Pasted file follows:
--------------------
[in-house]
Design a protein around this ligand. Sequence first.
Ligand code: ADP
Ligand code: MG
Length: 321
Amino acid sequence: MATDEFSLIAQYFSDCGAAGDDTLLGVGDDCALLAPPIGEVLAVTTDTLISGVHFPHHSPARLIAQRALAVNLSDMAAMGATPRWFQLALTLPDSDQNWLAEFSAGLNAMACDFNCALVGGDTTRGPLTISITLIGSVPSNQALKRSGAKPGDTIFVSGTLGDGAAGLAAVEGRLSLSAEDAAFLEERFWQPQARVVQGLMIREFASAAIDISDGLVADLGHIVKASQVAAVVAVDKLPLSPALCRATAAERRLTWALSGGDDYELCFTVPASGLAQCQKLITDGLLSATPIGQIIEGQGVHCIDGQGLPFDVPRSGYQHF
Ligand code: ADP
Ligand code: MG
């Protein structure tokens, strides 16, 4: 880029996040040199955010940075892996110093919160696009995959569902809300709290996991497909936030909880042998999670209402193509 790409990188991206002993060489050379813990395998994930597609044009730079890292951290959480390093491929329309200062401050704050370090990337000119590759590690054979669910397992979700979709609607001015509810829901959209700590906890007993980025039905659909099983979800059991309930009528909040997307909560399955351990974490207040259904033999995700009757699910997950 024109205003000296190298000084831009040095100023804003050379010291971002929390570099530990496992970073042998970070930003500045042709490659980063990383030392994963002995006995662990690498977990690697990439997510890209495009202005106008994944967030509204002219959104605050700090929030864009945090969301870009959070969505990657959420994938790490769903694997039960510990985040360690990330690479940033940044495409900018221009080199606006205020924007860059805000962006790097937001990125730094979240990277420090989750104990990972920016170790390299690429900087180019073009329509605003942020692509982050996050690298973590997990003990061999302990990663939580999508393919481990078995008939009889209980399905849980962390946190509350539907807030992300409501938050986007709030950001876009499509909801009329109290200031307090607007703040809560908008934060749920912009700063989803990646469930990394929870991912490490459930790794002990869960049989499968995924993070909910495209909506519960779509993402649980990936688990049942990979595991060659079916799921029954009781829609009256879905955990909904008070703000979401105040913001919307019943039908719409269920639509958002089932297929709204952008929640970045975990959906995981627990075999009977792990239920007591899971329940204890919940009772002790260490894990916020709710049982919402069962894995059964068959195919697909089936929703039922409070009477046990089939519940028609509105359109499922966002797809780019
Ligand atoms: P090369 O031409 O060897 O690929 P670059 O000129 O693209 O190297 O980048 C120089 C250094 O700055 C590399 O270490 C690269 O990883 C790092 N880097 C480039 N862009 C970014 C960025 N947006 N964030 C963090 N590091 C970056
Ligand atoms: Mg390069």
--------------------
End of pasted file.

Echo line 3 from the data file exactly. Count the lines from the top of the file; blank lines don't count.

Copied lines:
Ligand code: ADP